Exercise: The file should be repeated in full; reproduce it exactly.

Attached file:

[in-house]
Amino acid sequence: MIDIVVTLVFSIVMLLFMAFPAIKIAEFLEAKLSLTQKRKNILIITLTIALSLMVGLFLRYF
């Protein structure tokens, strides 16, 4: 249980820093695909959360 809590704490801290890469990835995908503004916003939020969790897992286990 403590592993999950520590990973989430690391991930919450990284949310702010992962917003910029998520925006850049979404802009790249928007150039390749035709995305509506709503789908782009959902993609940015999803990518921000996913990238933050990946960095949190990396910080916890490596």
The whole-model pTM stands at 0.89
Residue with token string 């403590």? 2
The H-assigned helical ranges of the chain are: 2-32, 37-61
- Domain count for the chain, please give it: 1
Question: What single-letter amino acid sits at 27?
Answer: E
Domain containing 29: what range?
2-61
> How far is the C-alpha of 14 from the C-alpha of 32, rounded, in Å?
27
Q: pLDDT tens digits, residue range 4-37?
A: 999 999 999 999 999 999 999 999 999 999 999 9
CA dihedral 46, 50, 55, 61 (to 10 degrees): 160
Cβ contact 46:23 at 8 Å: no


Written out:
[in-house]
Amino acid sequence: MIDIVVTLVFSIVMLLFMAFPAIKIAEFLEAKLSLTQKRKNILIITLTIALSLMVGLFLRYF
């Protein structure tokens, strides 16, 4: 249980820093695909959360 809590704490801290890469990835995908503004916003939020969790897992286990 403590592993999950520590990973989430690391991930919450990284949310702010992962917003910029998520925006850049979404802009790249928007150039390749035709995305509506709503789908782009959902993609940015999803990518921000996913990238933050990946960095949190990396910080916890490596």
The whole-model pTM stands at 0.89
Residue with token string 């403590």? 2
The H-assigned helical ranges of the chain are: 2-32, 37-61
- Domain count for the chain, please give it: 1
Question: What single-letter amino acid sits at 27?
Answer: E
Domain containing 29: what range?
2-61
> How far is the C-alpha of 14 from the C-alpha of 32, rounded, in Å?
27
Q: pLDDT tens digits, residue range 4-37?
A: 999 999 999 999 999 999 999 999 999 999 999 9
CA dihedral 46, 50, 55, 61 (to 10 degrees): 160
Cβ contact 46:23 at 8 Å: no